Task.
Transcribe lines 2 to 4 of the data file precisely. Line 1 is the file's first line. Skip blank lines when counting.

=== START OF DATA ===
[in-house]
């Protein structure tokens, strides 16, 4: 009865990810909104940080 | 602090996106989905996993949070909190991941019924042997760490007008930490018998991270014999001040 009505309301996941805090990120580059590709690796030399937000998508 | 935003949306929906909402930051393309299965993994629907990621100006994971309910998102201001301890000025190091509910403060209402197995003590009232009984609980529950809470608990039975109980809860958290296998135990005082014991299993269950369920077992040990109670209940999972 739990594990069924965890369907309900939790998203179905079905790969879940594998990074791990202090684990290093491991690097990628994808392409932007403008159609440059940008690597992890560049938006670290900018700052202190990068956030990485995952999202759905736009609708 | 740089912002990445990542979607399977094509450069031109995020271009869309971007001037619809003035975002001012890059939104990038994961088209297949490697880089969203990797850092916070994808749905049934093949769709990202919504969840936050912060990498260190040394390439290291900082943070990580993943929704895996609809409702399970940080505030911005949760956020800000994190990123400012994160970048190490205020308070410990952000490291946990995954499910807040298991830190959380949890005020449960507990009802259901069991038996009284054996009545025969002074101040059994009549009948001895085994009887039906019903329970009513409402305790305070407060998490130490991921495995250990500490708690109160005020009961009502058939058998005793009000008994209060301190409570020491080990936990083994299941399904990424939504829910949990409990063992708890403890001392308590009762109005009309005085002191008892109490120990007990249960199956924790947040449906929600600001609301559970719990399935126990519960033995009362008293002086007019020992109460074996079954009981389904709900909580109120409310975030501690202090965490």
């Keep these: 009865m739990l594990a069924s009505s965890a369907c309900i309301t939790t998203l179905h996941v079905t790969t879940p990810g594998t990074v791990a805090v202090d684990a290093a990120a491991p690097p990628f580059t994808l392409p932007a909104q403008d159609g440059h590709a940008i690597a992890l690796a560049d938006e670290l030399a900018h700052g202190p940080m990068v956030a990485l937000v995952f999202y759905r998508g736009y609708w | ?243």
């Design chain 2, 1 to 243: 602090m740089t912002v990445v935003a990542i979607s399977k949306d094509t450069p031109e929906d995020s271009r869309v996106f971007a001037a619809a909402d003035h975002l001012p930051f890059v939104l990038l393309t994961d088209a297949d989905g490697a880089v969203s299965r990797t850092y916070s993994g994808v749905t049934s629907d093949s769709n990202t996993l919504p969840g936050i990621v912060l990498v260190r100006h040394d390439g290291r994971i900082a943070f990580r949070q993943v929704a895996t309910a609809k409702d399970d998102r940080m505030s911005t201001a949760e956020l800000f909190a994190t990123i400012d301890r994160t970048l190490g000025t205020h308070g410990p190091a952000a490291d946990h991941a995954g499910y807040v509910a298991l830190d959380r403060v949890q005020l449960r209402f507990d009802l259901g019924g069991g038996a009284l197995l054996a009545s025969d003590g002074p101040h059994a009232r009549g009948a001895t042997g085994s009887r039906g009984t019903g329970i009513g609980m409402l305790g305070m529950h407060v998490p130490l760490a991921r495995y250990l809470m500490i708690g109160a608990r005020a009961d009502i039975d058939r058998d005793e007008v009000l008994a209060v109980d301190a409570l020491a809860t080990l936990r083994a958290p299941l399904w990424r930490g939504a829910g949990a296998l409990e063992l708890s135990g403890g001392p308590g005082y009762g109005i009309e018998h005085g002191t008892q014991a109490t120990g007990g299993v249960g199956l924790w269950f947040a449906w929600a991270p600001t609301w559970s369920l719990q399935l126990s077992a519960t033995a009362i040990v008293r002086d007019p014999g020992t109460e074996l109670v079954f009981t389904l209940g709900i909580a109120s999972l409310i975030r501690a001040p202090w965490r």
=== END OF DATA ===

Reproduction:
């Protein structure tokens, strides 16, 4: 009865990810909104940080 | 602090996106989905996993949070909190991941019924042997760490007008930490018998991270014999001040 009505309301996941805090990120580059590709690796030399937000998508 | 935003949306929906909402930051393309299965993994629907990621100006994971309910998102201001301890000025190091509910403060209402197995003590009232009984609980529950809470608990039975109980809860958290296998135990005082014991299993269950369920077992040990109670209940999972 739990594990069924965890369907309900939790998203179905079905790969879940594998990074791990202090684990290093491991690097990628994808392409932007403008159609440059940008690597992890560049938006670290900018700052202190990068956030990485995952999202759905736009609708 | 740089912002990445990542979607399977094509450069031109995020271009869309971007001037619809003035975002001012890059939104990038994961088209297949490697880089969203990797850092916070994808749905049934093949769709990202919504969840936050912060990498260190040394390439290291900082943070990580993943929704895996609809409702399970940080505030911005949760956020800000994190990123400012994160970048190490205020308070410990952000490291946990995954499910807040298991830190959380949890005020449960507990009802259901069991038996009284054996009545025969002074101040059994009549009948001895085994009887039906019903329970009513409402305790305070407060998490130490991921495995250990500490708690109160005020009961009502058939058998005793009000008994209060301190409570020491080990936990083994299941399904990424939504829910949990409990063992708890403890001392308590009762109005009309005085002191008892109490120990007990249960199956924790947040449906929600600001609301559970719990399935126990519960033995009362008293002086007019020992109460074996079954009981389904709900909580109120409310975030501690202090965490």
């Keep these: 009865m739990l594990a069924s009505s965890a369907c309900i309301t939790t998203l179905h996941v079905t790969t879940p990810g594998t990074v791990a805090v202090d684990a290093a990120a491991p690097p990628f580059t994808l392409p932007a909104q403008d159609g440059h590709a940008i690597a992890l690796a560049d938006e670290l030399a900018h700052g202190p940080m990068v956030a990485l937000v995952f999202y759905r998508g736009y609708w | ?243």
């Design chain 2, 1 to 243: 602090m740089t912002v990445v935003a990542i979607s399977k949306d094509t450069p031109e929906d995020s271009r869309v996106f971007a001037a619809a909402d003035h975002l001012p930051f890059v939104l990038l393309t994961d088209a297949d989905g490697a880089v969203s299965r990797t850092y916070s993994g994808v749905t049934s629907d093949s769709n990202t996993l919504p969840g936050i990621v912060l990498v260190r100006h040394d390439g290291r994971i900082a943070f990580r949070q993943v929704a895996t309910a609809k409702d399970d998102r940080m505030s911005t201001a949760e956020l800000f909190a994190t990123i400012d301890r994160t970048l190490g000025t205020h308070g410990p190091a952000a490291d946990h991941a995954g499910y807040v509910a298991l830190d959380r403060v949890q005020l449960r209402f507990d009802l259901g019924g069991g038996a009284l197995l054996a009545s025969d003590g002074p101040h059994a009232r009549g009948a001895t042997g085994s009887r039906g009984t019903g329970i009513g609980m409402l305790g305070m529950h407060v998490p130490l760490a991921r495995y250990l809470m500490i708690g109160a608990r005020a009961d009502i039975d058939r058998d005793e007008v009000l008994a209060v109980d301190a409570l020491a809860t080990l936990r083994a958290p299941l399904w990424r930490g939504a829910g949990a296998l409990e063992l708890s135990g403890g001392p308590g005082y009762g109005i009309e018998h005085g002191t008892q014991a109490t120990g007990g299993v249960g199956l924790w269950f947040a449906w929600a991270p600001t609301w559970s369920l719990q399935l126990s077992a519960t033995a009362i040990v008293r002086d007019p014999g020992t109460e074996l109670v079954f009981t389904l209940g709900i909580a109120s999972l409310i975030r501690a001040p202090w965490r």